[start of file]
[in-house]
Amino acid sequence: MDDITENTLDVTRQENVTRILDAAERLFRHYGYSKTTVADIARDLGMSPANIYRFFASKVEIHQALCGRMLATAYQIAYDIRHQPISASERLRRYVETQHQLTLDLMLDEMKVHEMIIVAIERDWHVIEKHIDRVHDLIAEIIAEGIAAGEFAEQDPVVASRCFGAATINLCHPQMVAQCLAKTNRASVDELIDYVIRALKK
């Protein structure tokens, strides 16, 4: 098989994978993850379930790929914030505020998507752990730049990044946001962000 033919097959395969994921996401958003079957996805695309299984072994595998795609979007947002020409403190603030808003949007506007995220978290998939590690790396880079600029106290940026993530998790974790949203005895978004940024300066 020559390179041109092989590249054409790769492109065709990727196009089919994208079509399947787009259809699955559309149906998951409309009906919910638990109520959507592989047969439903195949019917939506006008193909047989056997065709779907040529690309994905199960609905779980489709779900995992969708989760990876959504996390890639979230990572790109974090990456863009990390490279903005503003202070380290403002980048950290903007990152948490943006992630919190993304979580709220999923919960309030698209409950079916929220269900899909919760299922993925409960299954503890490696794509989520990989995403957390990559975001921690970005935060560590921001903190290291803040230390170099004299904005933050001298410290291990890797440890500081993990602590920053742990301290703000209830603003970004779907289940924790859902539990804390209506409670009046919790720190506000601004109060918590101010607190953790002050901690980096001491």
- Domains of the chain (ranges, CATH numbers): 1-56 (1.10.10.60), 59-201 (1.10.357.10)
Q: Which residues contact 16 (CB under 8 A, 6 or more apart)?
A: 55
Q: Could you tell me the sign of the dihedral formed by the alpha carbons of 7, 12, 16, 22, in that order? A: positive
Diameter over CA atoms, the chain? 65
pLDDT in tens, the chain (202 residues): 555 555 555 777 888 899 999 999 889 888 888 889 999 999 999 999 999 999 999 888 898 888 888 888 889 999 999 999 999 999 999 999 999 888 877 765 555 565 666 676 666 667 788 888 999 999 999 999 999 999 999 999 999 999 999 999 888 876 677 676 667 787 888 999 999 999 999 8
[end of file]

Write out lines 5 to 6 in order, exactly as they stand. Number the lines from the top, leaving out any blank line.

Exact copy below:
Q: Which residues contact 16 (CB under 8 A, 6 or more apart)?
A: 55